TALLAHASSEE, Fl. — Florida Representative Omari Hardy believes Florida could do more to find missing people.
“If there’s a tool that we should be using but for some reason we’re not here in the state of Florida then we do need to address that because when someone goes missing it’s like a piece of your heart is gone,” Hardy said in response to our recent investigation.
Last month, Investigative Reporter Katie LaGrone detailed how a highly praised, federally funded database for missing and unidentified persons in the U.S. was being under utilized by law enforcement agencies.
Known as the National Missing and Unidentified Persons System or NamUs, the system lets users post pictures of missing or unidentified people, it can track DNA submitted by medical examiners or family members of missing people and it can be accessed by anyone at anytime, including the public who often hold the keys to solving cold cases.
But experts have long said the NamUs system isn’t being used enough by law enforcement.
“Why it’s not mandatory, that’s a great question it should be,” said Dr. Erin Kimmerle, a leading forensic anthropologist at the University of South Florida.
For years, Dr. Kimmerle has been pushing to get NamUs on law enforcement’s radar in Florida and across the country. Kimmerle said the state and national databases law enforcement currently have to file missing person cases to are often inaccurate, out of date and can’t be viewed by the public.
“It’s archaic and frustrating. Things just don’t get solved, that’s the bottom line it just doesn’t work,” she said.
Kimmerle along with several cold case investigators around the country have been
advocating states pass laws requiring law enforcement use NamUs.
Nearly a dozen states, including New York and California, have bought in and currently require law enforcement file missing person cases in NamUs.
“It’s a win win situation, this is not a bipartisan issue,” said Tom McAndrew with the Pennsylvania State Police where NamUs legislation is working its way through the state legislature.
But Florida remains among the majority of states that still gives police the option to report missing person cases to NamUs.
Detective George Loydgren is a cold case investigator for the Hernando County Sheriff’s Office. He and his team have been using NamUs for years and believes the state should pass a law mandating its use among law enforcement in Florida.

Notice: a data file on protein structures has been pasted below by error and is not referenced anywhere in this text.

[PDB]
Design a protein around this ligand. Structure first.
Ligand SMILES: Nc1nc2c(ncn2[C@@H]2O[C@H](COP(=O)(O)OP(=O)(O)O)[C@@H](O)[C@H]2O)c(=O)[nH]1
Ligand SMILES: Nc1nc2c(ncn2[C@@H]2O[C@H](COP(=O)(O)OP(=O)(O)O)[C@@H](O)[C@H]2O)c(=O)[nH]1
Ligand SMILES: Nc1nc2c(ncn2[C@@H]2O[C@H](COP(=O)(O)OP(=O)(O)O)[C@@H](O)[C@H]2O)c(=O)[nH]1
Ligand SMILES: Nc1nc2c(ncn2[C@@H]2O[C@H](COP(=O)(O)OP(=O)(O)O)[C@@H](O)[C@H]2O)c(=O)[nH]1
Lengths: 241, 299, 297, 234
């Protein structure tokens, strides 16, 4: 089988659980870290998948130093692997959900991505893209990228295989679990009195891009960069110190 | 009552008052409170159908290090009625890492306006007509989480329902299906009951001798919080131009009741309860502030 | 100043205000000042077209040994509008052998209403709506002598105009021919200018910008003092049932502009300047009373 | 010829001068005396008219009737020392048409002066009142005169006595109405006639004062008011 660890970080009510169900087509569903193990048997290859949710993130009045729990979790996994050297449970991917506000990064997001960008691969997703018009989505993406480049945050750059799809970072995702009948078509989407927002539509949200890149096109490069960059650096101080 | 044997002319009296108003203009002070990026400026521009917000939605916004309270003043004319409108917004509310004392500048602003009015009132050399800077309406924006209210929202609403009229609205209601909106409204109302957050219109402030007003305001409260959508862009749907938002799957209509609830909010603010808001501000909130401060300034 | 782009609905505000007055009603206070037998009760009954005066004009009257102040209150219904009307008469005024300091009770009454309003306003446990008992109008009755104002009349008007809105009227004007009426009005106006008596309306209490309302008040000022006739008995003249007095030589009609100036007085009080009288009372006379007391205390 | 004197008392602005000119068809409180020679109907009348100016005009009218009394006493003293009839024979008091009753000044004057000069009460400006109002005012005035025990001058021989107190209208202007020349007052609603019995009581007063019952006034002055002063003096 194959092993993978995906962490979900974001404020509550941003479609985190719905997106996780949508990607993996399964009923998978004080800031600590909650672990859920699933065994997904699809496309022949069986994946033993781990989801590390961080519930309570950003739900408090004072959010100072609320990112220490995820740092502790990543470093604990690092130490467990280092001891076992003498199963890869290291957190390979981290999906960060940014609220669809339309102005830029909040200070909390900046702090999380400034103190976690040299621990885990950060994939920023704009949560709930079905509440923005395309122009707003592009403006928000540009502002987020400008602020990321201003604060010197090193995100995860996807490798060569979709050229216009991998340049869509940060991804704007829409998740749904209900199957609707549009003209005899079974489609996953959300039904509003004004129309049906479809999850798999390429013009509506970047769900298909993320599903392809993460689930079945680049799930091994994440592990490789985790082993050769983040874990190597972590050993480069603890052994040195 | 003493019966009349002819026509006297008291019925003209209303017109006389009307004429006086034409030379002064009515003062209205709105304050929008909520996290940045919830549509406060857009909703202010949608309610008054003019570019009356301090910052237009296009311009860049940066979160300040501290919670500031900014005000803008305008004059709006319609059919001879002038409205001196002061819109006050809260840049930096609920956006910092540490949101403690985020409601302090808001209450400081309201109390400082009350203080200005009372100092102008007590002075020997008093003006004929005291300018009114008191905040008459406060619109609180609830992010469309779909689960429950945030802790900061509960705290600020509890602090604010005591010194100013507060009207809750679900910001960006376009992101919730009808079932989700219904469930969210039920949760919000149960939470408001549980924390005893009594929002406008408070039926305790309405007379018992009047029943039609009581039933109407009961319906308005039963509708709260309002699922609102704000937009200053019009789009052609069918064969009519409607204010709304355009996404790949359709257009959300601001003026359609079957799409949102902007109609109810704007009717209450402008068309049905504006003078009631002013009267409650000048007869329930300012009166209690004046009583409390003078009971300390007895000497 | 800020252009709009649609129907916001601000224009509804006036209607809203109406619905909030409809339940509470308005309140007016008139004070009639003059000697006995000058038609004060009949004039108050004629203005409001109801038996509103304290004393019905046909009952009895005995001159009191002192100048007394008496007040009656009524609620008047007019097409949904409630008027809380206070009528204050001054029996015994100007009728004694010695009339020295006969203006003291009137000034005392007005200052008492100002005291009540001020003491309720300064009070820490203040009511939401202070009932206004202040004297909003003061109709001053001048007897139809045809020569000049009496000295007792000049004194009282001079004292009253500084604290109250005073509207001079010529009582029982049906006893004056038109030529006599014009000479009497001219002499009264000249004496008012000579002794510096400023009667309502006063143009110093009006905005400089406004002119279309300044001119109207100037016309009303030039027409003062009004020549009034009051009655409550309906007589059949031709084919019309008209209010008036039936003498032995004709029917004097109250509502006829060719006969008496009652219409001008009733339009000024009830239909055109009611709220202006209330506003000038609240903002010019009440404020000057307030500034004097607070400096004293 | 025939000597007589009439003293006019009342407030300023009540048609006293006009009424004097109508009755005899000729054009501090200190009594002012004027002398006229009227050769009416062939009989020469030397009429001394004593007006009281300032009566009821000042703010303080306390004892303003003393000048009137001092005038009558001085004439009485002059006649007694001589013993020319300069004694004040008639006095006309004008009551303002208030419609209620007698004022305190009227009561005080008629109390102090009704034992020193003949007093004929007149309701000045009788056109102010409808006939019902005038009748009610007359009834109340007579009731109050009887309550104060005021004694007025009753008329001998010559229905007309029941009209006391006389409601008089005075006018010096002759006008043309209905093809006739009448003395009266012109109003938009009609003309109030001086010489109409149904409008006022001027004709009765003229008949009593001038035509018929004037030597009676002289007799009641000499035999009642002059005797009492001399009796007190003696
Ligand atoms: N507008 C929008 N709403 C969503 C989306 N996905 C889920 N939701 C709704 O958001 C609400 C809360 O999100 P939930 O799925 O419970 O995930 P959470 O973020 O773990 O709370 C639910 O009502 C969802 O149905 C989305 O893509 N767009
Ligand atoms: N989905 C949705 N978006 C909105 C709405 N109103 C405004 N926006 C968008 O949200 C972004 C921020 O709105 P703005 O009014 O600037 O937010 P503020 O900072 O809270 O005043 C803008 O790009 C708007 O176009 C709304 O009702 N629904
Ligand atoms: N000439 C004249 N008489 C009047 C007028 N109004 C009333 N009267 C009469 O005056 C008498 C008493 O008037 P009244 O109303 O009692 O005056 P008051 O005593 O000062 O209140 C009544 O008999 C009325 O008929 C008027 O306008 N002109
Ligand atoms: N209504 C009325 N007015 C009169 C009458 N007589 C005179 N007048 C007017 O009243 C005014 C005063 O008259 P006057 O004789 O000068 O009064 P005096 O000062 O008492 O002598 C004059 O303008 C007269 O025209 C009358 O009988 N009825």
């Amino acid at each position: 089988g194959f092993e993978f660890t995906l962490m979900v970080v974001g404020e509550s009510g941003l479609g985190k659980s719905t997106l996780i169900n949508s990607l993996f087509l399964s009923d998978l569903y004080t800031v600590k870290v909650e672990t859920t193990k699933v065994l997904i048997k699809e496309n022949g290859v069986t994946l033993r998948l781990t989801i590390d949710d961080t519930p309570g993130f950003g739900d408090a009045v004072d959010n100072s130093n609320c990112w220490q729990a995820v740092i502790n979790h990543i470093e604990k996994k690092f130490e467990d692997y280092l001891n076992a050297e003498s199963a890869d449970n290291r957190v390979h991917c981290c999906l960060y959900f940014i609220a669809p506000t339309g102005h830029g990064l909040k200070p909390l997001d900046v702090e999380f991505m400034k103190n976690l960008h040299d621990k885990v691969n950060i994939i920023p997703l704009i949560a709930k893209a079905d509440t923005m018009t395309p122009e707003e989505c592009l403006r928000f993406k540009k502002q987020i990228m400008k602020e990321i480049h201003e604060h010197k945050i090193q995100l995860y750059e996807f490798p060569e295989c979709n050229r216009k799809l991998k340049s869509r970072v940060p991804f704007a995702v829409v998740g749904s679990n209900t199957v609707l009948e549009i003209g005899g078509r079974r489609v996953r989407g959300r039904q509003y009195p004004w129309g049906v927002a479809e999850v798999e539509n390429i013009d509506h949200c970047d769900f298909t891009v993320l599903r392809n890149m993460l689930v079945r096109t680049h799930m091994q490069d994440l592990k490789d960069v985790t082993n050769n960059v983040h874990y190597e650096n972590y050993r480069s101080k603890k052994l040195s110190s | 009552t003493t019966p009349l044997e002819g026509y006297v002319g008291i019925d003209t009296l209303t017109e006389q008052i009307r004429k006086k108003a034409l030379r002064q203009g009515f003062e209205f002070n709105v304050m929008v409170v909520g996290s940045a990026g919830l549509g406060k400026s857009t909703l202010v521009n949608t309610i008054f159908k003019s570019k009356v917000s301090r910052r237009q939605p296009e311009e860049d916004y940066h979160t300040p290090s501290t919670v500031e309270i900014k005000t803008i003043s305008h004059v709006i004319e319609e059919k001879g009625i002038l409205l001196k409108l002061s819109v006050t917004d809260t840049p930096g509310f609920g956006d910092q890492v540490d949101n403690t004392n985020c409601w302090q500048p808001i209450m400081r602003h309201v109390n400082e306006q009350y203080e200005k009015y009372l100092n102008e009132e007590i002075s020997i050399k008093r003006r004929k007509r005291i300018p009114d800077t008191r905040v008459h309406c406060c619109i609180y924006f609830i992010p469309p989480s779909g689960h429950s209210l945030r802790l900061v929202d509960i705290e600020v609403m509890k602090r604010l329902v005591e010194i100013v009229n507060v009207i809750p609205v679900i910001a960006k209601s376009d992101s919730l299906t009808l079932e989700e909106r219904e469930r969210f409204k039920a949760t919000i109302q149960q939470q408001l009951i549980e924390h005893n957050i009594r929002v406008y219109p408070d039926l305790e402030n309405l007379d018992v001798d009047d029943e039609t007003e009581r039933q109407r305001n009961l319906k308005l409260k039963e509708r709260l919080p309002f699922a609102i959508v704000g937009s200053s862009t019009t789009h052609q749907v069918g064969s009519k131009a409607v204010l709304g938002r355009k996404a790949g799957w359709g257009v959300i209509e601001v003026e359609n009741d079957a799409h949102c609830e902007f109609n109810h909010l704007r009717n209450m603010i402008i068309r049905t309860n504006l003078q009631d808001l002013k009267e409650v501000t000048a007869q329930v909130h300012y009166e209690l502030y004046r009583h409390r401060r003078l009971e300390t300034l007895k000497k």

“That’s millions of people who can view [NamUs] that and do the work for me. I’m only going to benefit from them calling up and saying hey I saw that man or woman or I know what happened to them,” Detective Loydgren told us last month when we interviewed him.
In a series of recent tweets, Gabby Petito’s father, Joseph, also weighed in on police not utilizing NamUs enough to help find the nearly 100,000 people who still remain missing or unidentified in the U.S. In one of his tweets, Joseph Petito encouraged people contact their state lawmakers to get a NamUs law on the books.
In Florida, Representative Hardy, who is running for U.S. Congress and will not be able to finish this upcoming state session, believes any hope of introducing and passing a NamUs law in Florida will be a matter of political will by the Senate and House leadership.
When asked why there wouldn’t be political will to pass a law over a database that already exists and is federally funded, Hardy replied, “there are some folks in the legislature who want to tell local governments how to do everything, unless we’re talking about policing agencies, unless we’re talking about law enforcement agencies,” he said.
We contacted more than a dozen members of the Florida House and Senate who serve on criminal justice committees along with the House and Senate leadership to see if they would be interested in taking up the issue and carrying it through this session. As of our deadline, we did not hear from any lawmaker willing to take up the issue this session.